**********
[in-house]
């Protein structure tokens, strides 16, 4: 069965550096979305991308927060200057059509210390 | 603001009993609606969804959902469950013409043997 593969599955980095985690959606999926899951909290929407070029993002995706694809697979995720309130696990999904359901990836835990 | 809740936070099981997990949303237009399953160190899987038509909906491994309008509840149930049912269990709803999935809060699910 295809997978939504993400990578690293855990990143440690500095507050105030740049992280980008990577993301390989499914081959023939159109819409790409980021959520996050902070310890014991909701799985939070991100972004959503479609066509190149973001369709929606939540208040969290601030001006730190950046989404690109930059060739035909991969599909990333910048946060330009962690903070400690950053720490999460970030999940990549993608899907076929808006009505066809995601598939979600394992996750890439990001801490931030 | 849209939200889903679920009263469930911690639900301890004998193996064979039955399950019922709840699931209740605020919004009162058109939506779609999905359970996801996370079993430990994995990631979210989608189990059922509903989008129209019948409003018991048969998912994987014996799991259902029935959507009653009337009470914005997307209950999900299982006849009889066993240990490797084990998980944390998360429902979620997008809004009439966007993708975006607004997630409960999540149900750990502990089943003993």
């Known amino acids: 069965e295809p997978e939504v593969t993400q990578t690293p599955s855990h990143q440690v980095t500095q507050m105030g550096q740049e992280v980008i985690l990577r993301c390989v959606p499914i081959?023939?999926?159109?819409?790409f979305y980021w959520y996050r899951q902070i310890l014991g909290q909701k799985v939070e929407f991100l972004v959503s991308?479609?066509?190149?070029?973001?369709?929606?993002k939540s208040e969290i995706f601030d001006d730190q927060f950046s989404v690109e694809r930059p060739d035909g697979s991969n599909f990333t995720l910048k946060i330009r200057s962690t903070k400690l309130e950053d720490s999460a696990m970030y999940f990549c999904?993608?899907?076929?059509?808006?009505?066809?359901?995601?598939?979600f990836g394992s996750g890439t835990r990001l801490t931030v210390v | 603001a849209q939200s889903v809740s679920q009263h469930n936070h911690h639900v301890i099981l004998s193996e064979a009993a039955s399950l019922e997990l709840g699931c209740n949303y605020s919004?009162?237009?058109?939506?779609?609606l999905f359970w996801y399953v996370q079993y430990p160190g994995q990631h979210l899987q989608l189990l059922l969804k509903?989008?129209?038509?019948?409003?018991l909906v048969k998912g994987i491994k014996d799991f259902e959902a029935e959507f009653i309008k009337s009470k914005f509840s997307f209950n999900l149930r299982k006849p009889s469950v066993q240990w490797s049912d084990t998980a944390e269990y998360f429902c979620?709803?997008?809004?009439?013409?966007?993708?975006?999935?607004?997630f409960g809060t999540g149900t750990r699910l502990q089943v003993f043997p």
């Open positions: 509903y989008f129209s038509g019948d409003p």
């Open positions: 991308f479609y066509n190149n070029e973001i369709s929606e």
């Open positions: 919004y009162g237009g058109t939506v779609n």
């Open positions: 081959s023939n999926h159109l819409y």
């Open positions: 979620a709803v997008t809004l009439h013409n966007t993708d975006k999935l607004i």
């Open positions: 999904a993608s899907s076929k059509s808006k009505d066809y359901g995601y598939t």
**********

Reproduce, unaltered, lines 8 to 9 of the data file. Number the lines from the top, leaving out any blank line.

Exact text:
């Open positions: 979620a709803v997008t809004l009439h013409n966007t993708d975006k999935l607004i």
């Open positions: 999904a993608s899907s076929k059509s808006k009505d066809y359901g995601y598939t």